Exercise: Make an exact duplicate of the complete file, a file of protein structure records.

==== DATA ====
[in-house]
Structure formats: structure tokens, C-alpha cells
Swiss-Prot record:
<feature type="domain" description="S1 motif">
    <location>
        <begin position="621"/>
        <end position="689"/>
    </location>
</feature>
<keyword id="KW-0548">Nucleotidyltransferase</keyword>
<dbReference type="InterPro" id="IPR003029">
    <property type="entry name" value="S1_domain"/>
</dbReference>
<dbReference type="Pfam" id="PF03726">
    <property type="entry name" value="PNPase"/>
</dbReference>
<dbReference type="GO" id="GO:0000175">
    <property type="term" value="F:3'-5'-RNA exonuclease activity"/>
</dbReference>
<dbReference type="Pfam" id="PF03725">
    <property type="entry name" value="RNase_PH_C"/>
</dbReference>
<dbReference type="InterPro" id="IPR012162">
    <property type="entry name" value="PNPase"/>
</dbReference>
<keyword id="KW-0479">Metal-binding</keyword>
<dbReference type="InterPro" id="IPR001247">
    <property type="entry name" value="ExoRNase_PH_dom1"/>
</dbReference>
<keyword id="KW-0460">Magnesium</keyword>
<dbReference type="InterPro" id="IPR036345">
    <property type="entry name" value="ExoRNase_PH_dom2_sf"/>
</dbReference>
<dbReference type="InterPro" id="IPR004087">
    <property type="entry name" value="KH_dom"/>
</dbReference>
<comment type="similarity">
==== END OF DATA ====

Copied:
[in-house]
Structure formats: structure tokens, C-alpha cells
Swiss-Prot record:
<feature type="domain" description="S1 motif">
    <location>
        <begin position="621"/>
        <end position="689"/>
    </location>
</feature>
<keyword id="KW-0548">Nucleotidyltransferase</keyword>
<dbReference type="InterPro" id="IPR003029">
    <property type="entry name" value="S1_domain"/>
</dbReference>
<dbReference type="Pfam" id="PF03726">
    <property type="entry name" value="PNPase"/>
</dbReference>
<dbReference type="GO" id="GO:0000175">
    <property type="term" value="F:3'-5'-RNA exonuclease activity"/>
</dbReference>
<dbReference type="Pfam" id="PF03725">
    <property type="entry name" value="RNase_PH_C"/>
</dbReference>
<dbReference type="InterPro" id="IPR012162">
    <property type="entry name" value="PNPase"/>
</dbReference>
<keyword id="KW-0479">Metal-binding</keyword>
<dbReference type="InterPro" id="IPR001247">
    <property type="entry name" value="ExoRNase_PH_dom1"/>
</dbReference>
<keyword id="KW-0460">Magnesium</keyword>
<dbReference type="InterPro" id="IPR036345">
    <property type="entry name" value="ExoRNase_PH_dom2_sf"/>
</dbReference>
<dbReference type="InterPro" id="IPR004087">
    <property type="entry name" value="KH_dom"/>
</dbReference>
<comment type="similarity">